When I'm in the middle of a book, I'm spending more time with my characters than I am with any real person, so sometimes I talk about them as if they were imaginary friends. My girlfriend might say, "I talked to Karen today-", and go on about something a friend said, and I might respond with something one of my characters said. It's not confusion with reality, it's just really all the contact I've had that day.
8. What current projects are you working on or are on the back burner in some stage of development?
I just finished an historical novel about painters in 19th Century Paris, and now I'm adapting my novel "Fool" for the stage and researching my next book, which will be set in Venice.
9. Do you use a playlist when writing? Are certain books written while predominantly listening to the same music?
Lately I just have a couple of Pandora stations that are built around slow groove and chill music. It's mostly music that will disappear into the background. I can't listen to music with words or it distracts me. I listened to a lot of Eric Satie and Claude Debussy when I was writing the Paris book.
10. Which of your books is your favorite and why?
That changes. I think I'm most delighted by scenes in "A Dirty Job" when I read them, but "Lamb" is probably my most ambitious accomplishment, so it's probably the one I'm most proud of.
11. What current projects are you working on?
12. What were some of your favorite authors or books in your teen years that helped shape you?
Early on, it was Jules Verne and Ray Bradbury; in my teen years, Richard Matheson and Robert Bloch, as well as H.P. Lovecraft. In my twenties it was Vonnegut, Douglas Adams, Tom Robbins, and John Steinbeck.
13. What are some of your favorite books and authors now?
Steinbeck and the plays of Shakespeare. I still read the occasional Wodehouse. I love Nick Hornby's books. I like Sedaris, Dave Barry, Carl Hiaasen, and a number of crime writers.
14. All of your books are available in electronic formats but with that comes bootleg distribution. What are your impressions of e-books and the distribution of them through torrents and other illegal means?
There's no percentage in talking about this. Whatever I say, it results in people squirming in their self-justification.
15. Some authors monitor torrent sites and have their publishers contact them to remove their content. Do you do so or have someone do so for you?
I publish with Harper Collins, which is part of News Corp. They have one of the most vigilant team of rights lawyers outside of Disney or Apple. I don't have much to do with it, but they move on anyone they know about who violates their copyrights.
16. Is it possible we will see more stories in the lines of A Love Story (Bloodsucking Fiends, You Suck, and Bite Me)?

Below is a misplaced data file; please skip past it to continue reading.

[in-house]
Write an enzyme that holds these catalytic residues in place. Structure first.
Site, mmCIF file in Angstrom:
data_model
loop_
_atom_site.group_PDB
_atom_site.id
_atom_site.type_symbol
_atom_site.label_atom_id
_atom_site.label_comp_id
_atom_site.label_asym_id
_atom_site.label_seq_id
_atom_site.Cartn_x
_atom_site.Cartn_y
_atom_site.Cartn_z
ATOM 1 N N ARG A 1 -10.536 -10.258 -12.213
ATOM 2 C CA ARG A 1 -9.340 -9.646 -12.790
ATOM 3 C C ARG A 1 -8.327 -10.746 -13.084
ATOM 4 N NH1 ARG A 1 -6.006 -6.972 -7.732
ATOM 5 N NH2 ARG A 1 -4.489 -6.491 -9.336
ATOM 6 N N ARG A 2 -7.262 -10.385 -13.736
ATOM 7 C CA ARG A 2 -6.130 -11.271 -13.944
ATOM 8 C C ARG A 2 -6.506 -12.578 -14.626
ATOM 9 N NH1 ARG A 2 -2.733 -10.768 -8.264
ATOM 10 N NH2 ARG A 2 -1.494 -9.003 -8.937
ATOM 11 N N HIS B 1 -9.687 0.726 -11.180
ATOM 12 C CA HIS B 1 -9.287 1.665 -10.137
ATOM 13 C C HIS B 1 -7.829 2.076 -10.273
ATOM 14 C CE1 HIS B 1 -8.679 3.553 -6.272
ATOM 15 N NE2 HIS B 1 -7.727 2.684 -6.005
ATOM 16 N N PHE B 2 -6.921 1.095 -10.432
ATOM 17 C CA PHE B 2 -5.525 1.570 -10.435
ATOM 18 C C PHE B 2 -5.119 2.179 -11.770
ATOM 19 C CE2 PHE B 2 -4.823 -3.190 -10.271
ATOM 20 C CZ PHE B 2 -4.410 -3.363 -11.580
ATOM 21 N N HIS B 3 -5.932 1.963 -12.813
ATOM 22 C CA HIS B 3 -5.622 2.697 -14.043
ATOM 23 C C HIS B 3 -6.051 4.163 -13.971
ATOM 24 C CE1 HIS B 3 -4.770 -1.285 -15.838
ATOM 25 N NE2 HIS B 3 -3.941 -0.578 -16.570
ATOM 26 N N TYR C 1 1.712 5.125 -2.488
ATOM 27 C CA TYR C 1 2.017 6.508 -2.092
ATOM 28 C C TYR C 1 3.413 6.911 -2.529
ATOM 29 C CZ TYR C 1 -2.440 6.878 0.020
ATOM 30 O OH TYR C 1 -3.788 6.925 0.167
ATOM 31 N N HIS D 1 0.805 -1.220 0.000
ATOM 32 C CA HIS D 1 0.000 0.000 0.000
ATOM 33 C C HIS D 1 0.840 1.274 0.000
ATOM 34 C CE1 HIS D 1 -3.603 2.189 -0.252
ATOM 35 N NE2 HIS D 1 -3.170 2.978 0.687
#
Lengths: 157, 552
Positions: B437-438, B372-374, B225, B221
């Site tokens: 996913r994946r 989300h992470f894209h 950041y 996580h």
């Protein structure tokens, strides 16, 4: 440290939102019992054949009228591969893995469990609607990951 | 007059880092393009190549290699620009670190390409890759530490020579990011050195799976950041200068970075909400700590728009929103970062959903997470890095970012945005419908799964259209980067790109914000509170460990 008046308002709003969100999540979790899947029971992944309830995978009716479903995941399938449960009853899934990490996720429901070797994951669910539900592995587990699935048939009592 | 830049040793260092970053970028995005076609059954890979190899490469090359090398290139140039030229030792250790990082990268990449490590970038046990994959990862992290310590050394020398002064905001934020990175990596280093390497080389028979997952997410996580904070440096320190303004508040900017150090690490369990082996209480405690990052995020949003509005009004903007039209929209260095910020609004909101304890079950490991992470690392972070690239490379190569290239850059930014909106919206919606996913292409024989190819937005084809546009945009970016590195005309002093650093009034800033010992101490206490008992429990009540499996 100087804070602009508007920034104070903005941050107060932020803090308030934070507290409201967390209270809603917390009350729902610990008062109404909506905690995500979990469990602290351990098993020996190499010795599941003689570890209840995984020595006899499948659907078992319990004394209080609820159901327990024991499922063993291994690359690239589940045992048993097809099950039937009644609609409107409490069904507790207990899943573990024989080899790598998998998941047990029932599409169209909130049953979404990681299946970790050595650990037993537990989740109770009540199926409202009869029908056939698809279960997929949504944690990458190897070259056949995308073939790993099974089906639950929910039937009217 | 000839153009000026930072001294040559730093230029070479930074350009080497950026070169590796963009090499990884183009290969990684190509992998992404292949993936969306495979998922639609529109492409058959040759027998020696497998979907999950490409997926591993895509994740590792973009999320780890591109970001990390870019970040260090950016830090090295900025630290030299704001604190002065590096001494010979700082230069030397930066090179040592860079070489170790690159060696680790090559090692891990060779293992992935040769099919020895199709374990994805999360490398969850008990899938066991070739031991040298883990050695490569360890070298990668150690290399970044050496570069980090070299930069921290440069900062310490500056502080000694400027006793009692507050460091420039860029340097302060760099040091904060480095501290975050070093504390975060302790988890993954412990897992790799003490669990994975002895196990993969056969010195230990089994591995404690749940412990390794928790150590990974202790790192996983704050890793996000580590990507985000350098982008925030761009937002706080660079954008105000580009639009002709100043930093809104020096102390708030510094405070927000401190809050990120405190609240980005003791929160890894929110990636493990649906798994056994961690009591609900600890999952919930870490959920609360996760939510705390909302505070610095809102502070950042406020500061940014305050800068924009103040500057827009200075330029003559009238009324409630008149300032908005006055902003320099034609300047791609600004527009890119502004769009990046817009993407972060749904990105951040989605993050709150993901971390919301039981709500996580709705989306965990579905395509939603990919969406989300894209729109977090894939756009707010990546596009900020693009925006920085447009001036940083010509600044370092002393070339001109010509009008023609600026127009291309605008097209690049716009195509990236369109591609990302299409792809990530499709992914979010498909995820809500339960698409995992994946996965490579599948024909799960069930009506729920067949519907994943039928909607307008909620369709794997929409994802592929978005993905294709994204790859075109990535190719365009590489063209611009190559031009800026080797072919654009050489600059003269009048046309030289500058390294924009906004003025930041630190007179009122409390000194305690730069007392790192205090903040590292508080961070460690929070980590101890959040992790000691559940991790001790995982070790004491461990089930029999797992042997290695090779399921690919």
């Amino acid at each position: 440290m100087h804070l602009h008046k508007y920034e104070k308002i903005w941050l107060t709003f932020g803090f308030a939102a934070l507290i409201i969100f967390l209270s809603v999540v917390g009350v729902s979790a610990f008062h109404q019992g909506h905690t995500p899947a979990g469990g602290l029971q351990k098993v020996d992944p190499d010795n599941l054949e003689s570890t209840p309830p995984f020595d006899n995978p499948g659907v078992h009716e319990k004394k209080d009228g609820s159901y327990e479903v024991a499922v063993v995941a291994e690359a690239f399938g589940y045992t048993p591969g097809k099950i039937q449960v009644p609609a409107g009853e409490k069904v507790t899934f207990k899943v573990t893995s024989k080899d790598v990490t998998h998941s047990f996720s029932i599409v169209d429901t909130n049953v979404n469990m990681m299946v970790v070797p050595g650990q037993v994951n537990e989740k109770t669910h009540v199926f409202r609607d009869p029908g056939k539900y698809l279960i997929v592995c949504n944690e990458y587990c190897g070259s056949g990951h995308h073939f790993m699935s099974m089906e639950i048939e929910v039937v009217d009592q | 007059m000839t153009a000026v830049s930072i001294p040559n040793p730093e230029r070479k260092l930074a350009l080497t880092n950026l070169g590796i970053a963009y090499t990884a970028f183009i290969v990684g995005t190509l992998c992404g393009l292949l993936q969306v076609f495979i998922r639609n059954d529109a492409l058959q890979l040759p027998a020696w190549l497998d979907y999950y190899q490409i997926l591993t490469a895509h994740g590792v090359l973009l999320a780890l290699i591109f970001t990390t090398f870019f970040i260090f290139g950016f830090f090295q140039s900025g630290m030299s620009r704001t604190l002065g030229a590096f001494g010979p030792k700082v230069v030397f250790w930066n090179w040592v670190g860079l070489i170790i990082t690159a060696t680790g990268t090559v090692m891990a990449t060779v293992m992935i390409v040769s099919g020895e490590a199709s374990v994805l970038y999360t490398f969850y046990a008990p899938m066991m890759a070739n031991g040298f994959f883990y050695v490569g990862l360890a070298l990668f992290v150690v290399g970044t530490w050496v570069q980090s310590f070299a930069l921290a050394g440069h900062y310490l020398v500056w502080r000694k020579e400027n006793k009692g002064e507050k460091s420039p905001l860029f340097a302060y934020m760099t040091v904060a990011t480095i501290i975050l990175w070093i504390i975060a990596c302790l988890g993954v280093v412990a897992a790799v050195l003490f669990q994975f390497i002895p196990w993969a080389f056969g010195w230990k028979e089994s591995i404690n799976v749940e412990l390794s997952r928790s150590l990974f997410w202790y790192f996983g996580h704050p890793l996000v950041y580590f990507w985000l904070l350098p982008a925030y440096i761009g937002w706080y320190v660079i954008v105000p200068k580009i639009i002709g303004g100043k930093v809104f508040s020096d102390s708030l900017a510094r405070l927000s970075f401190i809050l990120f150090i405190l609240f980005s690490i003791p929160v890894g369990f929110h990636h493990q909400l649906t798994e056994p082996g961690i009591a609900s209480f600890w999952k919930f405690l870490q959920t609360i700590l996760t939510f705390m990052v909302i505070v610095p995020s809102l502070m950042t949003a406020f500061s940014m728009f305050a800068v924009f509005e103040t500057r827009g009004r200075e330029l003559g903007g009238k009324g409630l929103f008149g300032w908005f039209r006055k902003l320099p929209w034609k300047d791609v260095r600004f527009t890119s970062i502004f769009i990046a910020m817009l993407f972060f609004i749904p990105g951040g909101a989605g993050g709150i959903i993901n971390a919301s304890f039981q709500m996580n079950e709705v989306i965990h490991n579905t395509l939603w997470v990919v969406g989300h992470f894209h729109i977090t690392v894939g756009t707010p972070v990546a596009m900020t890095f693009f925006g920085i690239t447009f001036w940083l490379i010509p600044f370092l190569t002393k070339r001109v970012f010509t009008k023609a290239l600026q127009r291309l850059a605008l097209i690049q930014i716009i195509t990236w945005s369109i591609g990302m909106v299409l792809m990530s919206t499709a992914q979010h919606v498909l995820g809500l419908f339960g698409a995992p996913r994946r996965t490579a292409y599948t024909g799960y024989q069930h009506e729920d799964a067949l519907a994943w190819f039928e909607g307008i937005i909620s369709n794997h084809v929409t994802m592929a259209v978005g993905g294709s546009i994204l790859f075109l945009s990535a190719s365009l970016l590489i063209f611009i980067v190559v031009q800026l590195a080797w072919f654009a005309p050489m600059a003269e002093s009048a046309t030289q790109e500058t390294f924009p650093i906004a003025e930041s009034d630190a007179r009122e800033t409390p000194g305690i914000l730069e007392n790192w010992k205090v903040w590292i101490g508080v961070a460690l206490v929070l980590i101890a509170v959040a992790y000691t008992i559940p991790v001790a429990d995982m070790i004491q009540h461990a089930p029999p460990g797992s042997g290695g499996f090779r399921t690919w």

I don't think so. I feel as if I've finished that story arc. I might consider picking it up again for another form. Maybe graphic novel or film or TV.
17. I once had a university professor state that the true goal of a university education should be to teach one to learn how to think. What would you state should be the goal of higher education and why?
I think that's almost spot on. I had a friend who used to say that a university education was to teach you how to learn. I think the truth lies between the two.
18. Your books appear to regularly go through cover changes. Do you play a role in selecting new artwork? What is your favorite cover today and why?
I do have some input, but I'm not involved in every image. I think the cover to "A Dirty Job", with the Death's Head baby that glowed in the dark, was probably my favorite, and I had nothing to do with that idea.
19. If you were stuck on a desert island and could only have 10 books to read again and again, what books would you want with you?
Complete works of Shakespeare, the Firefox survival books, a Norton Anthology of English-language poetry, I don't know. I'd have a hard time picking them out of the air. If I were standing in front of a bookshelf it might be easier.
20. What advice would you give to teens today, to your readers? What gems of knowledge have you gleaned in life that you would pass on?
Don't drive drunk. Ever. Don't shag anyone you don't like, or who doesn't like you. Get a look at how people live in a place where you don't. Suffering is over-rated, don't pursue it. Ask for help when you need it, don't when you don't, and learn to recognize the difference. Don't confuse movement and progress. Be kind. Be forgiving. Pay attention.
Thank you again Mr. Moore for taking the time to answer some questions for the readers here at Book Reviews and More. Much appreciated.
Books By Christopher Moore:
Bloodsucking Fiends: A Love Story
Island of the Sequined Love Nun
The Lust Lizard of Melancholy Cove
Lamb: The Gospel According to Biff, Christ's Childhood Pal
Fluke, or, I Know Why the Winged Whale Sings
The Stupidest Angel: A Heartwarming Tale of Christmas Terror
A Dirty Job
You Suck: A Love Story
Bite Me: A Love Story
The Griff (Graphic Novel with Ian Corson)